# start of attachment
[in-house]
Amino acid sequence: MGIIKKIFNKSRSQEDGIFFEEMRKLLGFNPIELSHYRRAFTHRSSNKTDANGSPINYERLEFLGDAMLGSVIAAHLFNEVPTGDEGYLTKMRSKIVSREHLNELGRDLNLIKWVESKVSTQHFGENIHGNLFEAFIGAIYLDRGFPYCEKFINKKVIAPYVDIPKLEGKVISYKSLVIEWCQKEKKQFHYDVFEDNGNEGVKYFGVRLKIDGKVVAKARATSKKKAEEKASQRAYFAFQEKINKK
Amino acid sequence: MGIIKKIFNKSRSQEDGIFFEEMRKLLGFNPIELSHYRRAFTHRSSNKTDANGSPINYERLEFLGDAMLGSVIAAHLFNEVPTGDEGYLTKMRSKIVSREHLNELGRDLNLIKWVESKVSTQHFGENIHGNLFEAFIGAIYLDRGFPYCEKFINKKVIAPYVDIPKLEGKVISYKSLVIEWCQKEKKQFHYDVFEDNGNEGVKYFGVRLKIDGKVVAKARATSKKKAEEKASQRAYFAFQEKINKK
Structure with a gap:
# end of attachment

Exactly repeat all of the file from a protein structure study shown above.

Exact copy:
[in-house]
Amino acid sequence: MGIIKKIFNKSRSQEDGIFFEEMRKLLGFNPIELSHYRRAFTHRSSNKTDANGSPINYERLEFLGDAMLGSVIAAHLFNEVPTGDEGYLTKMRSKIVSREHLNELGRDLNLIKWVESKVSTQHFGENIHGNLFEAFIGAIYLDRGFPYCEKFINKKVIAPYVDIPKLEGKVISYKSLVIEWCQKEKKQFHYDVFEDNGNEGVKYFGVRLKIDGKVVAKARATSKKKAEEKASQRAYFAFQEKINKK
Amino acid sequence: MGIIKKIFNKSRSQEDGIFFEEMRKLLGFNPIELSHYRRAFTHRSSNKTDANGSPINYERLEFLGDAMLGSVIAAHLFNEVPTGDEGYLTKMRSKIVSREHLNELGRDLNLIKWVESKVSTQHFGENIHGNLFEAFIGAIYLDRGFPYCEKFINKKVIAPYVDIPKLEGKVISYKSLVIEWCQKEKKQFHYDVFEDNGNEGVKYFGVRLKIDGKVVAKARATSKKKAEEKASQRAYFAFQEKINKK
Structure with a gap: